#55863
    david pierce
    Participant
    • Topics Started: 90
    • Total Posts: 1360

    Taking a rough guess about the pivot bearing surface areas for a clock and a watch I came up with 168/1000 sq. inches for a watch pivot and jewel and 24375/1000 sq. inches for a clock pivot and bushing. This means that the clock has roughly (very roughly) 145 times the pivot bearing surface area that a watch has. If the size of a polishing particle is the same for both pivot surface areas, the watch pivot will receive far more relative damage than the clock pivot. A particle of polishing powder is going to grind out a certain amount of metal on each pivot, but the watch pivot has less total metal to give up.
    david

    #55864
    chris mabbott
    Participant
    • Topics Started: 119
    • Total Posts: 1525

    @david pierce wrote:

    Chris,
    I think Bob Whiteman nailed it. Aparently he just happened to have an electron microscope laying around the house along with some spare time, and I am sure glad he did. It looks like burnishing is the way to go. By the way, the father of the famous folksinger, Joan Biaz, was a renowned physicist and the inventor of the electron microscope.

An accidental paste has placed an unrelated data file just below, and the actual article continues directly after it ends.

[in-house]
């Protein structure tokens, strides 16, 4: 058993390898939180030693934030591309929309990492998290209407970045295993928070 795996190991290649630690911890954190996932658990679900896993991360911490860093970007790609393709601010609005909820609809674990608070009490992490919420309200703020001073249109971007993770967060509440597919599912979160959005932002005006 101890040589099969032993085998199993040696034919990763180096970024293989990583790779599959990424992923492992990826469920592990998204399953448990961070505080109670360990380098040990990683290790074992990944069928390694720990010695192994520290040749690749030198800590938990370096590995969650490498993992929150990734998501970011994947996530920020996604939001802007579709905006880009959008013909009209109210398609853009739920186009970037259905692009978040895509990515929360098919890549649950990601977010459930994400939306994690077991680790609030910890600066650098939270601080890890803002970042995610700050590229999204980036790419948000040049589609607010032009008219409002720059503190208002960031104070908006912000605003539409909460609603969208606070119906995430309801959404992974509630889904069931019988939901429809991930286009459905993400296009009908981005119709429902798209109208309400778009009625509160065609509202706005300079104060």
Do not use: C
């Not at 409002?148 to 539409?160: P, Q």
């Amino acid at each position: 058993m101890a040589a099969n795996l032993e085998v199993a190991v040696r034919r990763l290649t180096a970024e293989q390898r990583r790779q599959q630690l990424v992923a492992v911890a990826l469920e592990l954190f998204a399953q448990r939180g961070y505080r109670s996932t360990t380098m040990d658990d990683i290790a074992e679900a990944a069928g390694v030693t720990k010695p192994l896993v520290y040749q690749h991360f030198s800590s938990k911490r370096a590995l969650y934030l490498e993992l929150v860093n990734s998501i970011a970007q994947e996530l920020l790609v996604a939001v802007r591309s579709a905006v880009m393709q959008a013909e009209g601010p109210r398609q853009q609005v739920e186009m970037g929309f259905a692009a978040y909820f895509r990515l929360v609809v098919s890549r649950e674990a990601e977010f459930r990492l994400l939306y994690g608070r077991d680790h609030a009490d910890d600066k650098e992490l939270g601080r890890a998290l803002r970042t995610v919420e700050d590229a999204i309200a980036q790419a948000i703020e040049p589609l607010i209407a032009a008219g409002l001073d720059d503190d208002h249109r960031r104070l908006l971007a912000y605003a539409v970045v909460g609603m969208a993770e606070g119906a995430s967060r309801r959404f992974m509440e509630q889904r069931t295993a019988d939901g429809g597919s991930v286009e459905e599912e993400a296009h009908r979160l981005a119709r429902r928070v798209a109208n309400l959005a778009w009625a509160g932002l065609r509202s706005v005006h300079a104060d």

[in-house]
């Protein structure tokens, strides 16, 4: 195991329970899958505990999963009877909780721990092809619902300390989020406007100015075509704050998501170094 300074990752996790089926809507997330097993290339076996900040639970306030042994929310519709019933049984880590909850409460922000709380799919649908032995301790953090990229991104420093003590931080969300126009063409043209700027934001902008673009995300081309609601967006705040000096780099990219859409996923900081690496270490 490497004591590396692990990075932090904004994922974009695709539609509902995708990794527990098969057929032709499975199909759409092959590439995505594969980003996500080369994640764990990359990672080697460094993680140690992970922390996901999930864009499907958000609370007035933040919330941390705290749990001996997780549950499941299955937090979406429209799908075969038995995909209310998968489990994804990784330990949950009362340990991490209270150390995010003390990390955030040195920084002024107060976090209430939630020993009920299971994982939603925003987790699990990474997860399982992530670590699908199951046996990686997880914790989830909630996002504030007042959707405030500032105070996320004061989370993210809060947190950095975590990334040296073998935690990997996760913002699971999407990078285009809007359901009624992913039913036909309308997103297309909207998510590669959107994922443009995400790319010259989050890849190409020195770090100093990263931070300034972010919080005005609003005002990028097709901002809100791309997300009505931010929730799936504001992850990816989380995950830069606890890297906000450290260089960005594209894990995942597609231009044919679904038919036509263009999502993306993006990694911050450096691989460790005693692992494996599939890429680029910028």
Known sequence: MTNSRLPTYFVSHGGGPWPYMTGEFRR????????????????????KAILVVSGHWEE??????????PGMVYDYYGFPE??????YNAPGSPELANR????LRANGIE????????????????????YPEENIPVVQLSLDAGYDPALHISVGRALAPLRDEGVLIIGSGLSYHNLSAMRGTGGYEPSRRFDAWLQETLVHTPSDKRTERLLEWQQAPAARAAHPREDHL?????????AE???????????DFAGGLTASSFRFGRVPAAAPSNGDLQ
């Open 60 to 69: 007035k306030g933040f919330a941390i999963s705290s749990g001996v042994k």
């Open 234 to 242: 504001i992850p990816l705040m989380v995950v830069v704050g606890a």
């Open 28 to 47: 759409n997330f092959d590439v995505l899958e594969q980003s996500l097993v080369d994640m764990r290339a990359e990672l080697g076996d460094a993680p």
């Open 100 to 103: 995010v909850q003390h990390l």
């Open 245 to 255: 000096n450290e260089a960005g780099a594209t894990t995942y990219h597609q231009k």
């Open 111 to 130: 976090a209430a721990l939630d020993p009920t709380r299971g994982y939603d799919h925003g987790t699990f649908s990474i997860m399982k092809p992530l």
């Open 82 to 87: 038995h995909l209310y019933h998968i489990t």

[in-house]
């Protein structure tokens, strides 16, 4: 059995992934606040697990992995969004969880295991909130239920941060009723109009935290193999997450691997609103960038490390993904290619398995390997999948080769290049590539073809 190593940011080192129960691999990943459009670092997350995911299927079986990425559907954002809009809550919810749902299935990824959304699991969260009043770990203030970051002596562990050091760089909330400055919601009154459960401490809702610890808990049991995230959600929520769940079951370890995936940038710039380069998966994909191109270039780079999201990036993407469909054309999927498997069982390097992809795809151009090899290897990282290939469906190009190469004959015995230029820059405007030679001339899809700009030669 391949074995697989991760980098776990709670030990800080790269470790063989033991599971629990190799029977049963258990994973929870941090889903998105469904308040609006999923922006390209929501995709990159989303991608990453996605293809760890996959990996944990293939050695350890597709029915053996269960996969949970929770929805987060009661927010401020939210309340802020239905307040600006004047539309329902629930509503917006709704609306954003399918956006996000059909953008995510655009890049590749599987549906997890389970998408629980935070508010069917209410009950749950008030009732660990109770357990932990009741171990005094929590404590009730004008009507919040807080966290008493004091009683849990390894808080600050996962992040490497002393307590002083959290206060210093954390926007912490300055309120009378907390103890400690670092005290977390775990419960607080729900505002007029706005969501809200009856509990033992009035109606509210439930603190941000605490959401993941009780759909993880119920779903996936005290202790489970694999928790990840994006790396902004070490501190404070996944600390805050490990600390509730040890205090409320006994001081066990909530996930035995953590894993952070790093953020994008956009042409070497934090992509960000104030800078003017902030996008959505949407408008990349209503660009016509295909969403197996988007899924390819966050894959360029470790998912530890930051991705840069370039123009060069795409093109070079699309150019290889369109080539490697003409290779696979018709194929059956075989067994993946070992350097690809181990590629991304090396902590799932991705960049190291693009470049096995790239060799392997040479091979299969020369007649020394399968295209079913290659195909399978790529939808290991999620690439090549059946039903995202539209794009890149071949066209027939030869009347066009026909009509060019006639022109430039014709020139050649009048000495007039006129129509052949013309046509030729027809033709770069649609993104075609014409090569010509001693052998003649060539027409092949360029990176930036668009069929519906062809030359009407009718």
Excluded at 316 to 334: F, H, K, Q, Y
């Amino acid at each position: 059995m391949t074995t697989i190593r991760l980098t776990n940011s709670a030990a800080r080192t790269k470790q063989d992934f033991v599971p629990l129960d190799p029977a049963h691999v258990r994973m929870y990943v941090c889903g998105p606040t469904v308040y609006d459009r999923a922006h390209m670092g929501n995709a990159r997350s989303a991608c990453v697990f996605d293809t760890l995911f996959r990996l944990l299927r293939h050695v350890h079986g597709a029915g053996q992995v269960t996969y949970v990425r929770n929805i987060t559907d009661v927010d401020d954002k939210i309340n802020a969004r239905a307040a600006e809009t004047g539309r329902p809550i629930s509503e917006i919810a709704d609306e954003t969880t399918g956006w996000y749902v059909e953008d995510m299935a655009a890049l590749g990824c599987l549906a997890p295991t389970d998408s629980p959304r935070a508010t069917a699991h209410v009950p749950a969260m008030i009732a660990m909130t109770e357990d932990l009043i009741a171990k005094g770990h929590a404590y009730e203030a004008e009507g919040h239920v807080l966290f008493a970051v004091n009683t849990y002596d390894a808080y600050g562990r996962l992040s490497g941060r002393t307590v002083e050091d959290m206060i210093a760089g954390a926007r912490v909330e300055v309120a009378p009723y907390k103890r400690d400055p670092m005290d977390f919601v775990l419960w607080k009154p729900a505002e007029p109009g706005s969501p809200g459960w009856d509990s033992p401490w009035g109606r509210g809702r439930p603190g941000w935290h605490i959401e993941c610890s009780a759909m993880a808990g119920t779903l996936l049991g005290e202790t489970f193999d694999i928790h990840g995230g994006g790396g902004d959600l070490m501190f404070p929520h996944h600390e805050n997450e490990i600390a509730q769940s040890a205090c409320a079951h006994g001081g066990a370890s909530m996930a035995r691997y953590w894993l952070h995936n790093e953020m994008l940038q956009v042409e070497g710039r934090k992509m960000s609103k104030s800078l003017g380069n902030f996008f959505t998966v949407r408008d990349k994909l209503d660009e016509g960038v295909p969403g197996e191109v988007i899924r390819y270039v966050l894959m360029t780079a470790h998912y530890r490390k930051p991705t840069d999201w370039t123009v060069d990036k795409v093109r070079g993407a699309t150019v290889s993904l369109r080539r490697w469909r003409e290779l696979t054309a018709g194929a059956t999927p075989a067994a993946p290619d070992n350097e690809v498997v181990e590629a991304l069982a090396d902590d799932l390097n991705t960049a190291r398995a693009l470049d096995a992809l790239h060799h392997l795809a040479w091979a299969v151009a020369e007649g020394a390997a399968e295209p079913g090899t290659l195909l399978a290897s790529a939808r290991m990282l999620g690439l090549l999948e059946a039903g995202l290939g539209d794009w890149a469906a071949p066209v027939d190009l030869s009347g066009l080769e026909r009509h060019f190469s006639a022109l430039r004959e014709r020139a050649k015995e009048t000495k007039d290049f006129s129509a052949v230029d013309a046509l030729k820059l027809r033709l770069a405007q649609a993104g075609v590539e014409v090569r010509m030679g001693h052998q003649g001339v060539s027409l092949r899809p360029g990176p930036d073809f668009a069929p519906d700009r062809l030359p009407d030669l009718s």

david

    Not one of the items that are currently cluttering up my space, but I definitely think it would be something that I’d use once only, although pretty kewl to have when you have company over… Hey, what’s that? Oh, that old thing, just my electron microscope 😆

    I’m surprised that he didn’t do a burnish followed by a polish? I would have liked to see the results of that combination.
    I would have also liked to see what a jewel hole looked liked under extreme mag, poor jewels get forgotten while we all focus on the pivots, it’s just not fair 😆

    David, I was dragged to a Joan Baez show in Vancouver by my mother when I was a mere lad back in the 70s sometime, which I think has still left me traumatized today, because at that time I was into T-Rex, Slade and Iggy pop.

    #55865
    david pierce
    Participant
    • Topics Started: 90
    • Total Posts: 1360

    Chris,